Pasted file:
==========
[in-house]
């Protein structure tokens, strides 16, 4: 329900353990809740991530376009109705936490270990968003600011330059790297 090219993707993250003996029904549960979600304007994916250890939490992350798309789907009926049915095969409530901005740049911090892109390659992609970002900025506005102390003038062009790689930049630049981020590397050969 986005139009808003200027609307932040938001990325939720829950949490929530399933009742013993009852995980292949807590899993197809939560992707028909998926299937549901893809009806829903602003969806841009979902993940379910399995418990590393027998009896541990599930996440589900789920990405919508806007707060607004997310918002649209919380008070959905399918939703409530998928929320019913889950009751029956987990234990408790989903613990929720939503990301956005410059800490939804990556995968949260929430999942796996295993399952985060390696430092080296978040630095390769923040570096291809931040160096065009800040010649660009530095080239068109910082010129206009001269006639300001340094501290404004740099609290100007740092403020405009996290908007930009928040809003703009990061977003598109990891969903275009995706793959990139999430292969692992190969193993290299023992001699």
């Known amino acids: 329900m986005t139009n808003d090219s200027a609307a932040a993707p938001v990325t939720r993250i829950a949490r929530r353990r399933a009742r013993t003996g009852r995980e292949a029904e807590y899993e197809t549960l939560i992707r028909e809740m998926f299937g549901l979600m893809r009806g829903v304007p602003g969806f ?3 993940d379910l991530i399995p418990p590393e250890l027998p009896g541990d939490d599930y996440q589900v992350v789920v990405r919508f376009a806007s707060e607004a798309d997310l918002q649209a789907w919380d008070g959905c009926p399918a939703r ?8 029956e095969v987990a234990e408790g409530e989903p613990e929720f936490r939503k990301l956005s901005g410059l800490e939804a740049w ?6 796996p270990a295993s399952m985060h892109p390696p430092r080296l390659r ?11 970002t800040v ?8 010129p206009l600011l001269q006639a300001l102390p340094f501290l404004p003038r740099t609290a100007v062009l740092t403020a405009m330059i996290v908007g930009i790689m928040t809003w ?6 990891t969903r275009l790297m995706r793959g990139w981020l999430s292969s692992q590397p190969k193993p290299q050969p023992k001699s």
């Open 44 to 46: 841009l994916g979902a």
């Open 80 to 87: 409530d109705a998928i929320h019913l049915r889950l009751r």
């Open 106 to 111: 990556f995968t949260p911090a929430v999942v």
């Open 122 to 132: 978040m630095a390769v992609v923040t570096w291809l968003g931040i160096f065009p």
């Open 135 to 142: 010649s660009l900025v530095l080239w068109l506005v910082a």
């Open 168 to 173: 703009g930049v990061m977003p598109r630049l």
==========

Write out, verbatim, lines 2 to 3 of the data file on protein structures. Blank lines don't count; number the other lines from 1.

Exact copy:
């Protein structure tokens, strides 16, 4: 329900353990809740991530376009109705936490270990968003600011330059790297 090219993707993250003996029904549960979600304007994916250890939490992350798309789907009926049915095969409530901005740049911090892109390659992609970002900025506005102390003038062009790689930049630049981020590397050969 986005139009808003200027609307932040938001990325939720829950949490929530399933009742013993009852995980292949807590899993197809939560992707028909998926299937549901893809009806829903602003969806841009979902993940379910399995418990590393027998009896541990599930996440589900789920990405919508806007707060607004997310918002649209919380008070959905399918939703409530998928929320019913889950009751029956987990234990408790989903613990929720939503990301956005410059800490939804990556995968949260929430999942796996295993399952985060390696430092080296978040630095390769923040570096291809931040160096065009800040010649660009530095080239068109910082010129206009001269006639300001340094501290404004740099609290100007740092403020405009996290908007930009928040809003703009990061977003598109990891969903275009995706793959990139999430292969692992190969193993290299023992001699």
């Known amino acids: 329900m986005t139009n808003d090219s200027a609307a932040a993707p938001v990325t939720r993250i829950a949490r929530r353990r399933a009742r013993t003996g009852r995980e292949a029904e807590y899993e197809t549960l939560i992707r028909e809740m998926f299937g549901l979600m893809r009806g829903v304007p602003g969806f ?3 993940d379910l991530i399995p418990p590393e250890l027998p009896g541990d939490d599930y996440q589900v992350v789920v990405r919508f376009a806007s707060e607004a798309d997310l918002q649209a789907w919380d008070g959905c009926p399918a939703r ?8 029956e095969v987990a234990e408790g409530e989903p613990e929720f936490r939503k990301l956005s901005g410059l800490e939804a740049w ?6 796996p270990a295993s399952m985060h892109p390696p430092r080296l390659r ?11 970002t800040v ?8 010129p206009l600011l001269q006639a300001l102390p340094f501290l404004p003038r740099t609290a100007v062009l740092t403020a405009m330059i996290v908007g930009i790689m928040t809003w ?6 990891t969903r275009l790297m995706r793959g990139w981020l999430s292969s692992q590397p190969k193993p290299q050969p023992k001699s």